Former auto bank gets new lease on life
In September of 2014, the former Lincoln County Auto Bank, located at 301 W. Main St., got a new lease on life; literally.
According to Jan Ament of Lincoln Community Bank, the building opened as a drive-up service in 1976, under the institution’s former name of Lincoln County Bank, In 2011, banking operations at the location ceased and the building remained vacant until it appeared on Dee Olsen’s radar.
“We had been searching for a location for a prospective warming center since 2012,” says Olsen, who serves as the Executive Director for Merrill United Way. At first it sounded good to open the warming center in the newly-vacated Merrill Fire Station #1.
“City officials were very cooperative and supportive of the idea, until they discovered how much work the station would require to accommodate a warming center,” Olsen said.”We just didn’t have the funding we would need to invest, so we looked for other options.
“At the end of August, we were approached by Housing Authority Director LaDonna Fermanich who suggested we have a look at the old Auto Bank building. An hour later we did a walk through,” Olsen explains as she leads me on a tour of the Warming Center along with Volunteer Coordinator Barb Ziemer.
“I remember thinking as we took the tour, ‘this is it, this is just what we need!’” she adds with a smile. “Despite all the cobwebs and renovating we would need to do, I just knew it was the right place for us. The three warming center sub-committee members who were with me agreed! I took a copy of a lease to the executive committee and we signed September third.”
“She definitely did not waste any time, that’s for sure!” Ziemer jokes with a laugh.
With the help of donations, volunteer labor and assistance from Habitat for Humanity, converting the building from a financial institution to a home-like warming center was completed in less than a month.
The center is now equipped with a wide array of amenities to accommodate those who need a place to get out of the elements for a night such as a washer and dryer, wall-mounted flat screen television, two coffee pots, a microwave and eight recliners.
“Believe it or not, there are homeless in Merrill and Lincoln County,” Olsen further explains. “As a member of the Lincoln County Homelessness Task Force, we performed what are called point-in-time studies every January and July. During these studies, we would venture out between 11 p.m. and 2 a.m. in an attempt to locate homeless persons. If and when we found them, we would ask them a few questions to help us determine the extent of homelessness in the area. Schools are also required to report homeless counts of students.”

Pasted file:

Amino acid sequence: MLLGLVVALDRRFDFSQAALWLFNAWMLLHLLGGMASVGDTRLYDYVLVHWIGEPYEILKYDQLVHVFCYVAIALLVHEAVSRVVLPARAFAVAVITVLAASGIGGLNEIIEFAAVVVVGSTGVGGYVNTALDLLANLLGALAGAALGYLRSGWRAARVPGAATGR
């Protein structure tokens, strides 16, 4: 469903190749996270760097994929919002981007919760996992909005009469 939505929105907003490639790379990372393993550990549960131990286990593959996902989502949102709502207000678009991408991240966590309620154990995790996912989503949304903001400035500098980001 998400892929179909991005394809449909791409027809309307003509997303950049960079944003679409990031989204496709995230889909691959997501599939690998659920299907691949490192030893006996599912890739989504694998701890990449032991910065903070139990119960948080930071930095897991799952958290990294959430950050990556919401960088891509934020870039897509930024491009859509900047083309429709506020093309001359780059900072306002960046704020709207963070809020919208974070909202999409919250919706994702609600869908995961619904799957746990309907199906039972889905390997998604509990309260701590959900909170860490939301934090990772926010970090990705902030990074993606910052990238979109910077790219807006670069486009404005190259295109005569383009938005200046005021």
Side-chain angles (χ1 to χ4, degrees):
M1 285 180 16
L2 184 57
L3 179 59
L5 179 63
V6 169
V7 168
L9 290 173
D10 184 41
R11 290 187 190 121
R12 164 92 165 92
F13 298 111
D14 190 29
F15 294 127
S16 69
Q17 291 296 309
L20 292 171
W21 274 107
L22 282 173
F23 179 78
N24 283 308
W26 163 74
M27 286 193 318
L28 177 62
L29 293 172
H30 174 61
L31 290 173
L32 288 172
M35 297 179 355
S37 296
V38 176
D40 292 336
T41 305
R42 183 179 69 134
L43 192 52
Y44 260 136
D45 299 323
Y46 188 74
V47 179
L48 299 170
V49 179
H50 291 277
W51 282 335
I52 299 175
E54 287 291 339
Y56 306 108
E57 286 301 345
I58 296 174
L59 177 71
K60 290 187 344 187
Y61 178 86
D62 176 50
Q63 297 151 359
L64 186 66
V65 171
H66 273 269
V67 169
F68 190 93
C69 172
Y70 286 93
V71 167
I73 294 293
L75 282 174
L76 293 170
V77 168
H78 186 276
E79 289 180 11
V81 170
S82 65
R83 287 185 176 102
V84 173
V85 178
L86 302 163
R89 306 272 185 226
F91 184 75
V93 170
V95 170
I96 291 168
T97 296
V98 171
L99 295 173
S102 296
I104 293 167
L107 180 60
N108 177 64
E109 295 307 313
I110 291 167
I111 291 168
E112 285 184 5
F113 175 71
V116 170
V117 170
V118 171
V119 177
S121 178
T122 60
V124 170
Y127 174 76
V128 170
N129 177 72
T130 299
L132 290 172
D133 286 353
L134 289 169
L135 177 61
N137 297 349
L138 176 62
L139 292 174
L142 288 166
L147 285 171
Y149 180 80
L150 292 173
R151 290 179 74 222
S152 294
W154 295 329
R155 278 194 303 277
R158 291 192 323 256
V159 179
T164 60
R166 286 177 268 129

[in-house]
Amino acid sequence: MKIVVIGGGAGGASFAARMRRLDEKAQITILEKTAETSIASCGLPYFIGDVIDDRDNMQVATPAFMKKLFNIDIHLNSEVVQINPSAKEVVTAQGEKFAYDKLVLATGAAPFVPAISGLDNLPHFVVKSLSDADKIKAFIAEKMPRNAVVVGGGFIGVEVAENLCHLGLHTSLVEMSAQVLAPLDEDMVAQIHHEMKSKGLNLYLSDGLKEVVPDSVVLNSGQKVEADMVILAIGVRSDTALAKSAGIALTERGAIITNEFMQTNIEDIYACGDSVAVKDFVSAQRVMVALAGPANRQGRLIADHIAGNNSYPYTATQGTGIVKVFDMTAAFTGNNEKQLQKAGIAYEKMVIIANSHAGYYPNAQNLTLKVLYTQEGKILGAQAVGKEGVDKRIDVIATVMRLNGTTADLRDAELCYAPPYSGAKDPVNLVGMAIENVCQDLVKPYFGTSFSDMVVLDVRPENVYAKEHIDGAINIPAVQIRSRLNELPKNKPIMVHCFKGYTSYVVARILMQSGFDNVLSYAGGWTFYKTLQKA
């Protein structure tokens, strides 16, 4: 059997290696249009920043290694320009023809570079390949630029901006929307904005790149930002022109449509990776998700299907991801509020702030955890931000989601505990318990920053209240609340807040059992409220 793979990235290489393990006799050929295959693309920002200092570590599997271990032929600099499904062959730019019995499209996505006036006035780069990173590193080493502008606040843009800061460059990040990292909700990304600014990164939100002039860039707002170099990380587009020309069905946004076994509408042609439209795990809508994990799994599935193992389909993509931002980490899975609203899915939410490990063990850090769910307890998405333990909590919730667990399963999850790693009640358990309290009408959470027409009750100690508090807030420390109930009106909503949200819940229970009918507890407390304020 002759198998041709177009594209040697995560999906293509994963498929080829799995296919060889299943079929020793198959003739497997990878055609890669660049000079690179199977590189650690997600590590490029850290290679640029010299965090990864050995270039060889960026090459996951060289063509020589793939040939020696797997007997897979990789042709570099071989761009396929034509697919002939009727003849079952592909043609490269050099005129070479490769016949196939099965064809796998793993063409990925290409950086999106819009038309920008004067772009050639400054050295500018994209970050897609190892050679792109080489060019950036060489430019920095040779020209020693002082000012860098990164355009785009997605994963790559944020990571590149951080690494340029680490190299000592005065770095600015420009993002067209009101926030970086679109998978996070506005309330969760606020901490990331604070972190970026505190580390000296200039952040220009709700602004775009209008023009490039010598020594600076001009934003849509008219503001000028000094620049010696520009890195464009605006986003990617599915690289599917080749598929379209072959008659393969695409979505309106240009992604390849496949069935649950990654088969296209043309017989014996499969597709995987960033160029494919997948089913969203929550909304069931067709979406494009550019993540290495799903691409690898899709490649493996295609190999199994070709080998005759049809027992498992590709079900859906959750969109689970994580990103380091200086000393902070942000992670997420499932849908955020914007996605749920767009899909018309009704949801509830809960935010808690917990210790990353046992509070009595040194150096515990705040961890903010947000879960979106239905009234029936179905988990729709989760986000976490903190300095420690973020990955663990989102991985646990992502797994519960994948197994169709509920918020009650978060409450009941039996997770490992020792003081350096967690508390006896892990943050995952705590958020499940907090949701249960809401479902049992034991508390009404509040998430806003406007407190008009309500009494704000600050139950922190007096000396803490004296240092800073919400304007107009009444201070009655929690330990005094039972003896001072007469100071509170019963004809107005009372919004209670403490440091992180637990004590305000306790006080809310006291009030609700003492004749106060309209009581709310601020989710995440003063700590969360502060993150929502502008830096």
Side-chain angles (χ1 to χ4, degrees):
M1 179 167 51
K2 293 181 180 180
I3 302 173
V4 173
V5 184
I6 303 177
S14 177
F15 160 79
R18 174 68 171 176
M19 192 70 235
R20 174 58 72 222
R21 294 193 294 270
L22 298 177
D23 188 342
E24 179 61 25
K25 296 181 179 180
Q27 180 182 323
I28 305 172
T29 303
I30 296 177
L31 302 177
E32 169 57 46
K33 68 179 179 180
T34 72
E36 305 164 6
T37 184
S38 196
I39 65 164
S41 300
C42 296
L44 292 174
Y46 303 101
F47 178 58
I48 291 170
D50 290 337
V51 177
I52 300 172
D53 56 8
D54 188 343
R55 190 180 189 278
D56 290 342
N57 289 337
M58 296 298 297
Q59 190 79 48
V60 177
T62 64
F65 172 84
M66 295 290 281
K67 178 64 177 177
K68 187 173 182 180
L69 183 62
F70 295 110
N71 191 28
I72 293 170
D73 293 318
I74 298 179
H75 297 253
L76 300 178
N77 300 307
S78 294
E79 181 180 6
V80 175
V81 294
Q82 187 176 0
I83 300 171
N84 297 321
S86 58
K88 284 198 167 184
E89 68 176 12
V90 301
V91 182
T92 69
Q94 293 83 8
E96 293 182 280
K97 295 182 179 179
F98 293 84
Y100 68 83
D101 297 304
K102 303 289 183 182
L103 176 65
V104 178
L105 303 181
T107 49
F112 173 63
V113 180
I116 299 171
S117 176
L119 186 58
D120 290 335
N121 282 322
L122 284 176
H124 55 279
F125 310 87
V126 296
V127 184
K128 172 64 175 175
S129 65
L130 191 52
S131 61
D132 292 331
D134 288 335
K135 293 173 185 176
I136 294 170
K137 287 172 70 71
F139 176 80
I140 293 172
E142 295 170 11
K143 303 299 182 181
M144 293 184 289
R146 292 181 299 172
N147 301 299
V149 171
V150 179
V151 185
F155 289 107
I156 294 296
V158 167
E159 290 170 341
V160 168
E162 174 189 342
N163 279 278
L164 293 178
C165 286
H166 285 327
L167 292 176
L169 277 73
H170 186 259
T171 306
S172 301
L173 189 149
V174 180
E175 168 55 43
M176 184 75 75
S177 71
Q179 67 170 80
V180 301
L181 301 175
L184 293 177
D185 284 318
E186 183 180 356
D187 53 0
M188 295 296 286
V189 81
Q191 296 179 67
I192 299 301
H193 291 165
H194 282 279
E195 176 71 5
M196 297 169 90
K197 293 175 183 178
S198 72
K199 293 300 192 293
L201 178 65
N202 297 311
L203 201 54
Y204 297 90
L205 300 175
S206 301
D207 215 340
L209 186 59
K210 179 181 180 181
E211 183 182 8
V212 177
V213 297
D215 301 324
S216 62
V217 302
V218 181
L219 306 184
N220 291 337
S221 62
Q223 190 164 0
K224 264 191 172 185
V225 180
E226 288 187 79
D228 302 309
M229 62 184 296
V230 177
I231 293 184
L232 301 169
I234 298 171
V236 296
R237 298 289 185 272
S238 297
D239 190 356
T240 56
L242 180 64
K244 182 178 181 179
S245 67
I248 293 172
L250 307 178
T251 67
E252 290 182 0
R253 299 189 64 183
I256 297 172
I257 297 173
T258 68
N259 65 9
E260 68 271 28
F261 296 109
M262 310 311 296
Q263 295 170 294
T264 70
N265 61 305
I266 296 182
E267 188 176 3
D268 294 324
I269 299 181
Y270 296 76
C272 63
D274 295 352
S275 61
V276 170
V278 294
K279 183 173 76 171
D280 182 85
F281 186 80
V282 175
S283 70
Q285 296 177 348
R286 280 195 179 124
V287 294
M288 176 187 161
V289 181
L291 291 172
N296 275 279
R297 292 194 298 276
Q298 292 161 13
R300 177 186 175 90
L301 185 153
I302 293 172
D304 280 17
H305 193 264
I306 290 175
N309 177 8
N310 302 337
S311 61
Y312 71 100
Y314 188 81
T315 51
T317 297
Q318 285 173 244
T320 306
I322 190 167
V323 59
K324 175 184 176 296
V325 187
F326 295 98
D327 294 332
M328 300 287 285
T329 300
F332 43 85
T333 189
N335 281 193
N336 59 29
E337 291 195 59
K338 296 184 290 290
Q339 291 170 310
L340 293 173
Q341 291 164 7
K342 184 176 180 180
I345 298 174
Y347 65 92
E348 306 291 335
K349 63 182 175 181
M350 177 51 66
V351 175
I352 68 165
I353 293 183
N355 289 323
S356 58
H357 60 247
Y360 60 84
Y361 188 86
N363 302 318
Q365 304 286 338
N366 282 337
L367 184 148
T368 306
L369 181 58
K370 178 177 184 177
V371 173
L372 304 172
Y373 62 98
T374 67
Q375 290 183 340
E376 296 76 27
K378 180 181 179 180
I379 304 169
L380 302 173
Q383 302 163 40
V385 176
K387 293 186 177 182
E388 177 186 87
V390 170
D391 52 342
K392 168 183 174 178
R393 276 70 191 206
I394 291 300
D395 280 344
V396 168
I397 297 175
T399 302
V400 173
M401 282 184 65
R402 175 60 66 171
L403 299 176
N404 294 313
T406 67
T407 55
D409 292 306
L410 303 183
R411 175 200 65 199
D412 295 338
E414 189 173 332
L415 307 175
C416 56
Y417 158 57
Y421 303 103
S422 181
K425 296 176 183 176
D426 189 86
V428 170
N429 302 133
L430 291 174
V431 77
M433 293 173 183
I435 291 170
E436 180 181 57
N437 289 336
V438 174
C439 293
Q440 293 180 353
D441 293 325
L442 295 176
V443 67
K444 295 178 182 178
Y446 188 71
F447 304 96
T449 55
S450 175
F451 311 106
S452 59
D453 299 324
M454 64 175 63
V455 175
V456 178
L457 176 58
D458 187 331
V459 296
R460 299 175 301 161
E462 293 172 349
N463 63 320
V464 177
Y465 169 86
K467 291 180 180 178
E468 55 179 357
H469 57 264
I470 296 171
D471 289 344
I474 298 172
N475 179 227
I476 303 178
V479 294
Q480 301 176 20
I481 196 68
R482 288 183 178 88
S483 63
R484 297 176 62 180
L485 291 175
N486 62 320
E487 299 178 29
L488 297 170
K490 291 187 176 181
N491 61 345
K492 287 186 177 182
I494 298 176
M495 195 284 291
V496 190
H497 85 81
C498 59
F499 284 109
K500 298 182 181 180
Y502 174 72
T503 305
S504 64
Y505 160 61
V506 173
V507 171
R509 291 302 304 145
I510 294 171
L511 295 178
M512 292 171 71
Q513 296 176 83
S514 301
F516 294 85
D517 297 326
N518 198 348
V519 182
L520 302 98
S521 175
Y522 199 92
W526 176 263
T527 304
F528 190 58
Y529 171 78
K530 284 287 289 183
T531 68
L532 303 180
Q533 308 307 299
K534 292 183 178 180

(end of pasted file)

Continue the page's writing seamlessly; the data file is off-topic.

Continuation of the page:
According to Olsen, homeless counts range from 55-70 in the winter months and 25-30 in the summer months. Winter counts tend to be higher due to school reports. Olsen defines “homeless” as anyone who does not have an established residence.
“We are here to serve those in need of a place to rest and warm up for the night. Whether it’s someone down on their luck for a night, or someone who has no place else to go, we welcome everyone here. We have had some guests who have stayed a night and have not returned, and we have some who have returned,” Ziemer adds.
Since the center opened Nov. 1, Ziemer reports having served six guests and there has been only a couple of nights when the center has been empty.
“The road has definitely not been easy. When we started looking at this, it was on a wing and a prayer,” Olsen says. “Insurance posed an issue for us right away. Believe it or not, insurance is not easy to find for a place like this. We also had quite a long list of renovations. As I’m sure you can imagine, converting a building from a bank to a home-like setting is a task in itself. On that note, we just can’t say enough about the work of our volunteers, our committee members and Habitat for Humanity! Mark Cooper and his crew from Central Carpet were very generous in donating their time and effort in installing all of the new flooring. We have to pick up a few things here and there, but thanks to the generous Merrill community we haven’t had to pay for much.”
Both Ziemer and Olsen agree the center is currently well stocked with needed items and once again credit the community for that.
“This community is just amazing with their generosity,” Ziemer says. “We learned early on to list a specific number when asking for donated items. If we asked for a men’s jacket, next thing we know we have 50 of them!” she adds with a laugh. “Anything we receive and do not need, goes back to the community.”
The Merrill Community Warming Center is open to anyone age 18 and over from 7-9 p.m. daily with an open door policy. After 9 p.m., admission is only granted to those with a police escort. The center will close for the season April 1, but may extend until April 15 if necessary due to lingering cold weather. The center is not licensed to accept children, however in the event a family with children is in need of assistance, other resources are available.
Ziemer and Olsen would like to emphasize the center is not a shelter.
“We are not licensed to prepare food,” Olsen says. “We can provide canned goods, pre-packaged foods and microwaveable foods but due to state regulations we cannot prepare food or serve prepared food.
“We have received and been asked about donations of cooked foods and we would love nothing more than to serve if we could! Unfortunately, we are just not allowed.”
Any questions pertaining to the Merrill Community Warming Center can be directed to Barb Ziemer at 715-218-0231.